Havre Daily News
U.S. Sen. Conrad Burns on Sunday said rehabilitating the ailing St. Mary diversion is a priority.
“We got to redo this irrigation system,” Burns said at a meeting in Havre. “I'm tired of putting Band-Aids on it.”
The diversion, a nearly century-old system of canals, siphons and drop structures on the Blackfeet Indian Reservation, brings water from the St. Mary River to the Milk River, which used to run dry six out of every 10 summers.
The St. Mary Rehabilitation Working Group is working on a proposal that will be sent to Montana's congressional delegation, one that would ask that the federal government play a large role in funding repairs for the diversion. Under current law, irrigators along the Milk River are solely responsible for the diversion's repair, which is estimated to cost in excess of $125 million.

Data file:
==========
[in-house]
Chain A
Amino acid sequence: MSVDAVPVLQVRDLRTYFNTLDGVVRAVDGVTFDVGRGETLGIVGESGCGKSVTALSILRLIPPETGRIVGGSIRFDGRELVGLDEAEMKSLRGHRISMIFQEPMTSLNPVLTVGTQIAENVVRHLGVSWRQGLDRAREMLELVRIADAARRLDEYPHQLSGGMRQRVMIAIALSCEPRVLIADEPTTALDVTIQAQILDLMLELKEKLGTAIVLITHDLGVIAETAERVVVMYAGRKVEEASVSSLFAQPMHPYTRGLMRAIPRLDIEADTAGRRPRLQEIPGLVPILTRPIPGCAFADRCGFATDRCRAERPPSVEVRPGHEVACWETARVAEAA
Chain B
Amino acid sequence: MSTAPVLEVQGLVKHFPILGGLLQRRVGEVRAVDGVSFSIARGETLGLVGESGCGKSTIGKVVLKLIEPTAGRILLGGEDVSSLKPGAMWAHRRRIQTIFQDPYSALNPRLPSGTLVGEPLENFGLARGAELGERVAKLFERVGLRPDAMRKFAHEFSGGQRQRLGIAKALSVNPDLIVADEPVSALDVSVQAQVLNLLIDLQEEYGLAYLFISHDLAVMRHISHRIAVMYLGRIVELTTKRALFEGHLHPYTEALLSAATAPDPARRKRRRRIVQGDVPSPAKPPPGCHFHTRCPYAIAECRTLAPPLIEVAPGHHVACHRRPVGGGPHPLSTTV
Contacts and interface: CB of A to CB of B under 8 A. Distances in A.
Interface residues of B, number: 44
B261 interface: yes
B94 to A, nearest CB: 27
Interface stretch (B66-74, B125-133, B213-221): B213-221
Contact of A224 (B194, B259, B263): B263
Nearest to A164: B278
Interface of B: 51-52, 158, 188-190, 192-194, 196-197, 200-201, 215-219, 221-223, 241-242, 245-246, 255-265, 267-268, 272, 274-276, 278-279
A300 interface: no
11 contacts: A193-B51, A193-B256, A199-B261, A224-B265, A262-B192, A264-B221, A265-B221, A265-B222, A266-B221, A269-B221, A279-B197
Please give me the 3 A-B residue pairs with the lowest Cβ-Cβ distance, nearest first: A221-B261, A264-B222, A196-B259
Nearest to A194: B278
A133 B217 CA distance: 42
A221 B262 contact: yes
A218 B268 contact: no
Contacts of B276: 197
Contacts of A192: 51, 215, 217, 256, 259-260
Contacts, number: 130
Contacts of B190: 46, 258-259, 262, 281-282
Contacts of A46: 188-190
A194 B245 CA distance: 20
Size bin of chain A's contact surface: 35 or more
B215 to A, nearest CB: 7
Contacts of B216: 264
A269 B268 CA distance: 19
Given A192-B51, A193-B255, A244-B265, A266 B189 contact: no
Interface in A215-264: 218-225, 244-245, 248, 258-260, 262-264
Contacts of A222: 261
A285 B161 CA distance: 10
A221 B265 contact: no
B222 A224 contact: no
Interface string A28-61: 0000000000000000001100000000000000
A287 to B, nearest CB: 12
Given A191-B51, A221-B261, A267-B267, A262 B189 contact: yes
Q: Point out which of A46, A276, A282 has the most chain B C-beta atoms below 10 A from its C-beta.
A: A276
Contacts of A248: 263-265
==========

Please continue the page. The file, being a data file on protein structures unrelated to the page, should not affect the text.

U.S. Bureau of Reclamation officials said last week that - barring any unforeseen problems - water delivery for Hi-Line irrigators should be on schedule and adequate.
The St. Mary diversion is set to begin delivering water to the Milk River on March 6.
Bureau officials also said water storage at Lake Sherburne and Fresno Reservoir is above normal, with Sherburne at 207 percent of normal storage and Fresno at 138 percent of normal.
While the federal government now considers the St. Mary diversion as part of an irrigation project, a recent bureau study that took into account other benefits - such as flood control and recreation - means Milk River irrigators this year will pay roughly the same amount they paid last year in operating and maintenance costs even though those costs are rising, bureau officials said. The study means the federal government will offset that increase.
Bureau facilities division manager Dick Long said irrigators' costs will not go down this year, but will instead stay about the same.
The costs are going up because of a construction program, Long said. Some of the work includes a project to recoat steel penstocks at the outlet at Fresno. The penstocks are large pipes that convey water through the dam, he said.